So how does cycling fit into the equation? Well, muscular loading during cycling can be very high, especially during sprinting – for example on the track. On the other hand, the smooth spinning nature of the pedalling action and the fact that cyclists are supported by their saddle means there’s virtually no bone loading associated with gravitational impact (unlike the shock of foot-strike during running or field sports). In distance road cycling, therefore, where sprinting is only a minimal component, the degree of total bone loading is likely to be quite low, which has prompted researchers to look at the issue of BMD in cyclists more generally.
Overall, the balance of research suggests that road cyclists do not benefit from increased BMD in the same way that other sportsmen and women do (see below). But, more worryingly, some studies indicate that road cycling could actually have a detrimental effect on BMD. For example, French scientists found recently that compared to healthy non-cycling males, road cyclists had lower levels of BMD, and this was despite the fact that they were consuming significantly more dietary calcium (considered essential for bone health) than their sedentary counterparts(13). The researchers speculated that the combination of high training volumes of these cyclists combined with lack of bone loading might be a factor and now a brand new study on pro cyclists appears to bear this out (14).
Box 2: Road and mountain biking
Unlike road cycling, bone loading from shock absorbing impact is a factor in mountain biking. So do mountain bikers have higher BMD levels than roadies? A US study compared the BMDs of 16 mountain bikers, 14 road bikers and 15 active non-cyclists (controls), where they looked at the femur, lumbar spine, and total body bone mass using a technique called DXA(15). The cyclists were training for an average 11 hours per week and had been cycling for around eight years.
The results showed that (when adjusted for body weight and controlled for age), BMD was significantly higher at all sites in the mountain cyclists compared with the road cyclists and controls. The researchers concluded that ‘endurance road cycling does not appear to be any more beneficial to bone health than recreational activity in apparently healthy men of normal bone mass’.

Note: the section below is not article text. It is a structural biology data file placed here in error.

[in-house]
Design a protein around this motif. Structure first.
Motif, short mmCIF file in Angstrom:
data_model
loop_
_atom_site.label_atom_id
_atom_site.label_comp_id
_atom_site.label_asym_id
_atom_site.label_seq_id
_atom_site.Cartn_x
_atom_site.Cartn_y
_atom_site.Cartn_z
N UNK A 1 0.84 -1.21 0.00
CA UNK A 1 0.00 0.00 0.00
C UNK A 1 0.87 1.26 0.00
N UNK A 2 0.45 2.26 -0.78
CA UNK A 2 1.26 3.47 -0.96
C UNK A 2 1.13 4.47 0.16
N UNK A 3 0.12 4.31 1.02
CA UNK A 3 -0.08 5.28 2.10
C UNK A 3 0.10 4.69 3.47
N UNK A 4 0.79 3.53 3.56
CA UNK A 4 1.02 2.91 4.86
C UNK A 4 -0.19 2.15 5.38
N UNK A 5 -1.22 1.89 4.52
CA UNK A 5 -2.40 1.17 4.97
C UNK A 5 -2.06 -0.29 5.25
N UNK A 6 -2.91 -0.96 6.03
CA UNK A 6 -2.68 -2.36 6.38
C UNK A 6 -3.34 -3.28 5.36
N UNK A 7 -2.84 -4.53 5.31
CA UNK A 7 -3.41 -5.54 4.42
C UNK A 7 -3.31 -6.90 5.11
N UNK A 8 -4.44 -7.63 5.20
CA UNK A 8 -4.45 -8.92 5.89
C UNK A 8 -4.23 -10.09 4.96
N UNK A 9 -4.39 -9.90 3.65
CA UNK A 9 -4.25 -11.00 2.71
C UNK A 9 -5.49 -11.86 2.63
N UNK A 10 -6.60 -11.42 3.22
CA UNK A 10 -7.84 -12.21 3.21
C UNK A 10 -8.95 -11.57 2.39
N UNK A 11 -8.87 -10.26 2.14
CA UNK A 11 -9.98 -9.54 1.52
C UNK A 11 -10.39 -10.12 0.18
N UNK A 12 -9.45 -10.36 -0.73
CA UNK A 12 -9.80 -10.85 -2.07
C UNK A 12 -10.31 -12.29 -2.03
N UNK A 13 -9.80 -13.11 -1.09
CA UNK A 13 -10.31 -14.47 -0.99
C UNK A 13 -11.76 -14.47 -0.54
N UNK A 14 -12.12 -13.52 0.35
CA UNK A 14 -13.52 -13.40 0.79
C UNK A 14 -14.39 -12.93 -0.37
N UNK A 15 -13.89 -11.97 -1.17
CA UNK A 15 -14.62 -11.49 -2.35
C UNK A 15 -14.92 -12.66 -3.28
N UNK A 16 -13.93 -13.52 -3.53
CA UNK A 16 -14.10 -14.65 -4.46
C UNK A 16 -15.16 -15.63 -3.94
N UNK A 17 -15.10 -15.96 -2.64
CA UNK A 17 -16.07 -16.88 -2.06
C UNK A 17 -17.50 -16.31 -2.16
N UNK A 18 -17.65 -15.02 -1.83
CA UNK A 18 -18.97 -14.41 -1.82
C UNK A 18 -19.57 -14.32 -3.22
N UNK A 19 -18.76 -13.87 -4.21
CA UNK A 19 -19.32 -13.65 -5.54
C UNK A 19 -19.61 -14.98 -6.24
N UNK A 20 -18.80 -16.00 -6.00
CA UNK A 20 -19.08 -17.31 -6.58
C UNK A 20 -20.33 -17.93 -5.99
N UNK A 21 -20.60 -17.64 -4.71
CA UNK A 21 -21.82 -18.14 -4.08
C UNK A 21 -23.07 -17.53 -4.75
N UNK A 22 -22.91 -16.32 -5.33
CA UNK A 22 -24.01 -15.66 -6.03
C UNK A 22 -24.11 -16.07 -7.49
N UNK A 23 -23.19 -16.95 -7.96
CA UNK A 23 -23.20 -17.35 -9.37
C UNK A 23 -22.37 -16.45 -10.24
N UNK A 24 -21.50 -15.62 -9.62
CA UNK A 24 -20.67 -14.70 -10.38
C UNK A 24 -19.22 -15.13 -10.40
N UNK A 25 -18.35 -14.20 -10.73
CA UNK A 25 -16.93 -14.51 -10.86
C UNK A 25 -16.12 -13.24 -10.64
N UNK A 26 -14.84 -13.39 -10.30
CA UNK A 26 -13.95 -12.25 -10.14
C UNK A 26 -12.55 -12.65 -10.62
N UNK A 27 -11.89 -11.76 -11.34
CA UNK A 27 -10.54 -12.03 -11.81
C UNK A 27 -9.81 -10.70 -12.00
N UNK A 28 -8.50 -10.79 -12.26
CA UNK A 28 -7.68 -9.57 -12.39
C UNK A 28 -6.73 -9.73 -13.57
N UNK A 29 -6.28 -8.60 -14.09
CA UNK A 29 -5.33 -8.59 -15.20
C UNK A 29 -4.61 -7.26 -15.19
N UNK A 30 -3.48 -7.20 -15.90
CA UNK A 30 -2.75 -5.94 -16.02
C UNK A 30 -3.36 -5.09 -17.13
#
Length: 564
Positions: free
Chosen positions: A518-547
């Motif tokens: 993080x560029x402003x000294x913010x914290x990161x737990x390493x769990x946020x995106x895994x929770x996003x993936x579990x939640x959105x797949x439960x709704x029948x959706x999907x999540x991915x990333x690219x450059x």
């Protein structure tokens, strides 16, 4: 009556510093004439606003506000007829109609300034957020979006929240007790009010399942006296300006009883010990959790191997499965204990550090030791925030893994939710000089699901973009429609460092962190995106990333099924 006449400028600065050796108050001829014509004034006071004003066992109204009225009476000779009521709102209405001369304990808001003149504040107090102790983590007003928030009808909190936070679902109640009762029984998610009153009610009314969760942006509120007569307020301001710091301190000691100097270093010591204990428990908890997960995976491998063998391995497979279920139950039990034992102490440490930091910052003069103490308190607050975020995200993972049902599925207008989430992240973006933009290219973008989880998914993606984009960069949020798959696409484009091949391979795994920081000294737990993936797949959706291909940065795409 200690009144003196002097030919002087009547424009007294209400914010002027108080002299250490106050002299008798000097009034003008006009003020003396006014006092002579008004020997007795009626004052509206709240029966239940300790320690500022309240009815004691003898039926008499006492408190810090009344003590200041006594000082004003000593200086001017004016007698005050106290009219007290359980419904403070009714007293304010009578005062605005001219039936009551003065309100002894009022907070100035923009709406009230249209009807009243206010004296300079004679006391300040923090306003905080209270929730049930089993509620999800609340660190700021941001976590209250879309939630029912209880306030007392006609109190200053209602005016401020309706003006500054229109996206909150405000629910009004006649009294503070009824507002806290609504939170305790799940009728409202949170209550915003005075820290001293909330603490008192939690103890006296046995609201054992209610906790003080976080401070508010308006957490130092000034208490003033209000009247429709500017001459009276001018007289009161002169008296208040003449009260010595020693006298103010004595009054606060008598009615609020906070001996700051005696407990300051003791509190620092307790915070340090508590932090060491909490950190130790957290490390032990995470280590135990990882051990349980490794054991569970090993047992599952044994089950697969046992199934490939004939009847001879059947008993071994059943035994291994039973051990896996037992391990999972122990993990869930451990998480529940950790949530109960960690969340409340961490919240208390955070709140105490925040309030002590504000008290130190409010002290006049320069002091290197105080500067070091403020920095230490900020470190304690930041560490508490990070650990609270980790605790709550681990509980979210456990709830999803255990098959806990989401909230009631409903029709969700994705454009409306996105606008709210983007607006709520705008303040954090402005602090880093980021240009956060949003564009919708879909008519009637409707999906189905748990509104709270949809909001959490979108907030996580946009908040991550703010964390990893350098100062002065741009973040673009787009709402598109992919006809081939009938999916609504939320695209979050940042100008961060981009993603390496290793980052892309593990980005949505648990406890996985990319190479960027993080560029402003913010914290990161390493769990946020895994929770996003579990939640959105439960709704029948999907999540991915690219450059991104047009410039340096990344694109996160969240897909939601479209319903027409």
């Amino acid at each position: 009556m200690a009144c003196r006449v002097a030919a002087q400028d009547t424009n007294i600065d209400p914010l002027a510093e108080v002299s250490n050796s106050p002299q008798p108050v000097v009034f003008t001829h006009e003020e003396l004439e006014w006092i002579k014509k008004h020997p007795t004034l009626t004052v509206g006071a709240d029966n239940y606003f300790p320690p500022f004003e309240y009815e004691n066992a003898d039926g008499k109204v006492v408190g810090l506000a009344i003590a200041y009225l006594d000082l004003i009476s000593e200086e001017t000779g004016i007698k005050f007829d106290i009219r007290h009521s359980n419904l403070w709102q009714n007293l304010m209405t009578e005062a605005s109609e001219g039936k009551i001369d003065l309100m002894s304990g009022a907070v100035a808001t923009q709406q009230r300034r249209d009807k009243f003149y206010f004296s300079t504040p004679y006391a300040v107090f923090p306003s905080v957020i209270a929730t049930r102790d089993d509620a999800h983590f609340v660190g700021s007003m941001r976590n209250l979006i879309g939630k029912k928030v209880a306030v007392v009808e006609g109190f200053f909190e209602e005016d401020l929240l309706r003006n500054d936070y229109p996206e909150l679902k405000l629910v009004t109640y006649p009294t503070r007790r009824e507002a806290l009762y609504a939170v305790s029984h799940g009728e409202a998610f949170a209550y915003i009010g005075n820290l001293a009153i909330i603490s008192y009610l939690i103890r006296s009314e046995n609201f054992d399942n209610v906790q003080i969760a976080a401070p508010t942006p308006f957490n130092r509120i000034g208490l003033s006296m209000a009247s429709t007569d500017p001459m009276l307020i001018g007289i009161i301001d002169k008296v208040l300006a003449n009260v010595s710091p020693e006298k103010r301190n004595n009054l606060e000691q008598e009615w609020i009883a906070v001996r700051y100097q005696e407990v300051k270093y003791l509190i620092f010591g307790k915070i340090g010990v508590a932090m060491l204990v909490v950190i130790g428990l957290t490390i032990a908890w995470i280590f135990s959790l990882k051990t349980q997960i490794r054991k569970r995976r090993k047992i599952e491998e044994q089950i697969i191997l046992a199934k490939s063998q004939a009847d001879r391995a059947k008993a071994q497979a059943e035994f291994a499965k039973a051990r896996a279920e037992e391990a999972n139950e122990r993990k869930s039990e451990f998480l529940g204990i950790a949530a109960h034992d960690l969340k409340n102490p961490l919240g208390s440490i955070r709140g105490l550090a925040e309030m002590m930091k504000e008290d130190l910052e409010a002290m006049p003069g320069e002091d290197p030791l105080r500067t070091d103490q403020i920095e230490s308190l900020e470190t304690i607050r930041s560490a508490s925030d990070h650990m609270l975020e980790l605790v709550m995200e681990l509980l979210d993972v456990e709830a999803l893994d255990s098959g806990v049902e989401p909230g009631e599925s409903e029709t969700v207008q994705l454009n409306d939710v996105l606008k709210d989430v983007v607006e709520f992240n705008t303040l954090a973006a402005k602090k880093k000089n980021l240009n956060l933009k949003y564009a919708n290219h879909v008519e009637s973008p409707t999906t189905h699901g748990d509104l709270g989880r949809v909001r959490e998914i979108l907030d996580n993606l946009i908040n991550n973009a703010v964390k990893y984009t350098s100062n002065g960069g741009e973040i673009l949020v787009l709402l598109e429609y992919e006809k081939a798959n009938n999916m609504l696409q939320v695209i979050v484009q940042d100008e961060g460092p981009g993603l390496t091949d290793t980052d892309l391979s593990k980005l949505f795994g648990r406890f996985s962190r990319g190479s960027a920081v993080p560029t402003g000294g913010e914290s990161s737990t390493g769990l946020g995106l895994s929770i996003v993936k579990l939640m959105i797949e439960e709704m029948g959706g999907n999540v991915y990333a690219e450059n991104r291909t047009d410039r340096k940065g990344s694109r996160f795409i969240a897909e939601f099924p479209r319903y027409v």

Meanwhile, another DXA study by Brazilian scientists found that while well trained young cyclists were aerobically fitter and had more muscle mass, their bone BMDs were no higher than sedentary controls of the same age(16). Other studies have also found that the BMD of road cyclists is no higher than in sedentary adults of the same age (17-19), which is obviously less than desirable from a bone health perspective.
Pro cyclists
In the study, scientists in Sweden, France and the UK compared the BMD at several skeletal sites of 30 male professional cyclists with 30 similarly aged males (controls), using DXA. The cyclists were all racing in professional teams at the time of the study, and had participated in at least one of the main 3-week stage races (Giro d’Italia, Tour de France or Vuelta a España) in each of the previous three years. The controls were all healthy but had cycled less than one hour per week and had not performed weight-bearing exercises (ie running or resistance training) for more than one hour per week for three years prior to the time of the study.
The results showed that overall, the pro cyclists had significantly lower levels (9.1% less) of BMD than the control group; more worrying was that in the lumbar vertebra of the lower back and femoral neck (ball joint at the top of femur), BMDs were 16% and 18% lower respectively. The researchers commented that although their study examined pro cyclists training and racing for upwards of 22-25 hours a week, the findings could have implications for road cyclists more generally. Of particular concern is that cyclists are at risk of traumatic injuries from falls or collisions, something that can easily lead to fracture.
Conclusion and recommendations
So where does this leave cyclists who are concerned about longer-term bone health? Well, it’s important to emphasise that reduced BMDs in road cyclists seems to be associated with large volumes of training (over 20 hours per week). The majority of recreational and club riders will not fall into this category. However, even recreational cyclists are unlikely to be benefiting from the increased BMD associated with many other forms of exercise and which can help prevent osteoporosis later in life.